John Akomfrah’s three-screen video installation Vertigo Sea uses a rich collage of film, history and literary references to explore the interconnections between colonialism, migration and climate change.

Akomfrah was born in Ghana and grew up in Britain, where he studied sociology at Portsmouth Polytechnic. He came to prominence with his documentary film Handsworth Songs (1986), made with the Black Audio Film Collective, which he co-founded in 1982.

Vertigo Sea, which premiered at the Venice Biennale in 2015, presents a multilayered narrative across history and geographical locations with the sea as a linking theme. Among the subjects explored in the film are the history of the sea as a burial ground, often for exploited or displaced peoples, as well as its dark record as a killing field, particularly for the whaling industry.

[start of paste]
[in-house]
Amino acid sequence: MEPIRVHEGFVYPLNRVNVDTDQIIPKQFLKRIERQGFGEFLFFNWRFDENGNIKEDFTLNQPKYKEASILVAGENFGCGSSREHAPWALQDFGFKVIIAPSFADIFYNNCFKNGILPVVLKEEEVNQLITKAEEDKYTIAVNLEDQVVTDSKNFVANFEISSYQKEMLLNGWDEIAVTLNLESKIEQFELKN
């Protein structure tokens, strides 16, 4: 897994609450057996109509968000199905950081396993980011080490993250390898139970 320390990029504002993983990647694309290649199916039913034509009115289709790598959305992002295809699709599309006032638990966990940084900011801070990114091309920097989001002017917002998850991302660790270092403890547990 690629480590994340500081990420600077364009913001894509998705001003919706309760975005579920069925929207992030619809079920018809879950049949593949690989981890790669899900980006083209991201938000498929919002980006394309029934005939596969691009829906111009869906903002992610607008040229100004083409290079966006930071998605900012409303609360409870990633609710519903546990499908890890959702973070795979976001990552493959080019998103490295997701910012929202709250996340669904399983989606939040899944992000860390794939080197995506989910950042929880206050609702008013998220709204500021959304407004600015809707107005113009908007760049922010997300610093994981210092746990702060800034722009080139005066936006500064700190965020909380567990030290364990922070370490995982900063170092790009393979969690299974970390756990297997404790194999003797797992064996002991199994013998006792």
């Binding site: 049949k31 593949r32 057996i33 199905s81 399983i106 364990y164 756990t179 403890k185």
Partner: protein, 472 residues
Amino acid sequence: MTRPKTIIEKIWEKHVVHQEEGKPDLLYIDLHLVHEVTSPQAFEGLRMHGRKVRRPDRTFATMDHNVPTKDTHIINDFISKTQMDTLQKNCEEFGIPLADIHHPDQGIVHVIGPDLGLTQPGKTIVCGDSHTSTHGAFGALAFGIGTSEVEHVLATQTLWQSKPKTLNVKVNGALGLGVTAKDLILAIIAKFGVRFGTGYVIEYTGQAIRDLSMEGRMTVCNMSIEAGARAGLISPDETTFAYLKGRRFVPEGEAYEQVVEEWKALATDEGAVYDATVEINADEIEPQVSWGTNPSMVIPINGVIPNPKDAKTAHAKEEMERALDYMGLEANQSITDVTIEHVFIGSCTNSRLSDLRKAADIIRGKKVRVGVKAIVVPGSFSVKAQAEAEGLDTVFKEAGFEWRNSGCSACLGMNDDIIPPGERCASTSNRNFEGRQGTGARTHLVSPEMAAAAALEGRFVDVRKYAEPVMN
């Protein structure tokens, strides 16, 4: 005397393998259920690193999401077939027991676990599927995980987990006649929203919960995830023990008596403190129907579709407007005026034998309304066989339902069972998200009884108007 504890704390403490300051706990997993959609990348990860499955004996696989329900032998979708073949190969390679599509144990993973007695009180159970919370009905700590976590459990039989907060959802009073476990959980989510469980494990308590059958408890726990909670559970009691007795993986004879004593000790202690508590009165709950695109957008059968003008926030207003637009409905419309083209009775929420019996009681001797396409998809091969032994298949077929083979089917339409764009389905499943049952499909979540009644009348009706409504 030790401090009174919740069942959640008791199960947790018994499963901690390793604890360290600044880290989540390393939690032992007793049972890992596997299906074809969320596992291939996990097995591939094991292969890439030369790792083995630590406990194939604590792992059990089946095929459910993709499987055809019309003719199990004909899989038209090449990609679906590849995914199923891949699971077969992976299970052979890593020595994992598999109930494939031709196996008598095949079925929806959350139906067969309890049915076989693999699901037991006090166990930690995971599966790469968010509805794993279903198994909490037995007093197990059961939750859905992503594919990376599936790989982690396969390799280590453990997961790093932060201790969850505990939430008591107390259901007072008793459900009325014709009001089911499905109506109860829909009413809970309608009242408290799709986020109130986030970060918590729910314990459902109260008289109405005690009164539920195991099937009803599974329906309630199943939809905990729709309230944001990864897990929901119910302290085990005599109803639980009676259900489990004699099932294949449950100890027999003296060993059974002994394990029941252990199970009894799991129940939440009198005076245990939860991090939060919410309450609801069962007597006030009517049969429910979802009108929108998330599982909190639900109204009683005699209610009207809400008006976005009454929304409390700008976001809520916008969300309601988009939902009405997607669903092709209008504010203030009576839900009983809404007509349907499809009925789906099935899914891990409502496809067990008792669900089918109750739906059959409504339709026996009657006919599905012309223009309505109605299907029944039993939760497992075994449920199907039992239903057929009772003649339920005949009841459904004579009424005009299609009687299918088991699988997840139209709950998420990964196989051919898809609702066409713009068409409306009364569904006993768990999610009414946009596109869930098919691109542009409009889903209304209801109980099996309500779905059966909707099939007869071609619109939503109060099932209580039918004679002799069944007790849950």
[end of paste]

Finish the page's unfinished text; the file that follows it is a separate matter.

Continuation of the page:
By depicting scenes of African migrants risking their lives to cross the ocean, Vertigo Sea speaks to current traumas such as the refugee crisis, modern slavery and ecological concerns. The narrative jumps backwards and forwards in time, with references including the Zong Massacre of slaves in 1781, as well as literary works such as Herman Melville’s Moby Dick and Virginia Woolf’s To the Lighthouse.

Vertigo Sea is a joint acquisition by Towner Art Gallery and National Museum Wales, both organisations with coastal sites and historic collections featuring seascapes.


The artist through Lisson Gallery

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